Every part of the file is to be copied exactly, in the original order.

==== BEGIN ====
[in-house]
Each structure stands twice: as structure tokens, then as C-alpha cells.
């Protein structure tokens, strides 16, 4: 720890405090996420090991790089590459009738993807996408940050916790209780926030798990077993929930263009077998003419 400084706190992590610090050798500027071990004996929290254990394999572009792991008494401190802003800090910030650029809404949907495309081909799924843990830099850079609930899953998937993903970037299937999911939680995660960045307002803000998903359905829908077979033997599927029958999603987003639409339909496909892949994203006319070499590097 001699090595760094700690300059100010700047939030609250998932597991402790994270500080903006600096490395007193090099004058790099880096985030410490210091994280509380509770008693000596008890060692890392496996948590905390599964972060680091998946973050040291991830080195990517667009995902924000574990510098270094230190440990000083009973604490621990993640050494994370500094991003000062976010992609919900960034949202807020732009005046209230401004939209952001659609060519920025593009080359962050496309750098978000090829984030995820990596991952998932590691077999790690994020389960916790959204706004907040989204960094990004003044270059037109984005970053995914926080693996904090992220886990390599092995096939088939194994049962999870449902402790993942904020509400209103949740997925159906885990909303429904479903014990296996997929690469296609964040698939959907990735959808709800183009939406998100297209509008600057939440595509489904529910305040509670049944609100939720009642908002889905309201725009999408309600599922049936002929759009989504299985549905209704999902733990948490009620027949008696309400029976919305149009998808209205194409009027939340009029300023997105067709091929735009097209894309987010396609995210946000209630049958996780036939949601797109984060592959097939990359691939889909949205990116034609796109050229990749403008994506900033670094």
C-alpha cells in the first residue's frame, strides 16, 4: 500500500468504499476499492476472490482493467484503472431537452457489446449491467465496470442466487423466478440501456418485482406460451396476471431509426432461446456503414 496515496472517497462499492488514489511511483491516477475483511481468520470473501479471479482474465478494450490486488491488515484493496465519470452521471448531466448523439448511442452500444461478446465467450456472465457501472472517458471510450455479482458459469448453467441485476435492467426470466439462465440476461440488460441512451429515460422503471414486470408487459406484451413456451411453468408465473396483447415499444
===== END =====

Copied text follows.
[in-house]
Each structure stands twice: as structure tokens, then as C-alpha cells.
């Protein structure tokens, strides 16, 4: 720890405090996420090991790089590459009738993807996408940050916790209780926030798990077993929930263009077998003419 400084706190992590610090050798500027071990004996929290254990394999572009792991008494401190802003800090910030650029809404949907495309081909799924843990830099850079609930899953998937993903970037299937999911939680995660960045307002803000998903359905829908077979033997599927029958999603987003639409339909496909892949994203006319070499590097 001699090595760094700690300059100010700047939030609250998932597991402790994270500080903006600096490395007193090099004058790099880096985030410490210091994280509380509770008693000596008890060692890392496996948590905390599964972060680091998946973050040291991830080195990517667009995902924000574990510098270094230190440990000083009973604490621990993640050494994370500094991003000062976010992609919900960034949202807020732009005046209230401004939209952001659609060519920025593009080359962050496309750098978000090829984030995820990596991952998932590691077999790690994020389960916790959204706004907040989204960094990004003044270059037109984005970053995914926080693996904090992220886990390599092995096939088939194994049962999870449902402790993942904020509400209103949740997925159906885990909303429904479903014990296996997929690469296609964040698939959907990735959808709800183009939406998100297209509008600057939440595509489904529910305040509670049944609100939720009642908002889905309201725009999408309600599922049936002929759009989504299985549905209704999902733990948490009620027949008696309400029976919305149009998808209205194409009027939340009029300023997105067709091929735009097209894309987010396609995210946000209630049958996780036939949601797109984060592959097939990359691939889909949205990116034609796109050229990749403008994506900033670094």
C-alpha cells in the first residue's frame, strides 16, 4: 500500500468504499476499492476472490482493467484503472431537452457489446449491467465496470442466487423466478440501456418485482406460451396476471431509426432461446456503414 496515496472517497462499492488514489511511483491516477475483511481468520470473501479471479482474465478494450490486488491488515484493496465519470452521471448531466448523439448511442452500444461478446465467450456472465457501472472517458471510450455479482458459469448453467441485476435492467426470466439462465440476461440488460441512451429515460422503471414486470408487459406484451413456451411453468408465473396483447415499444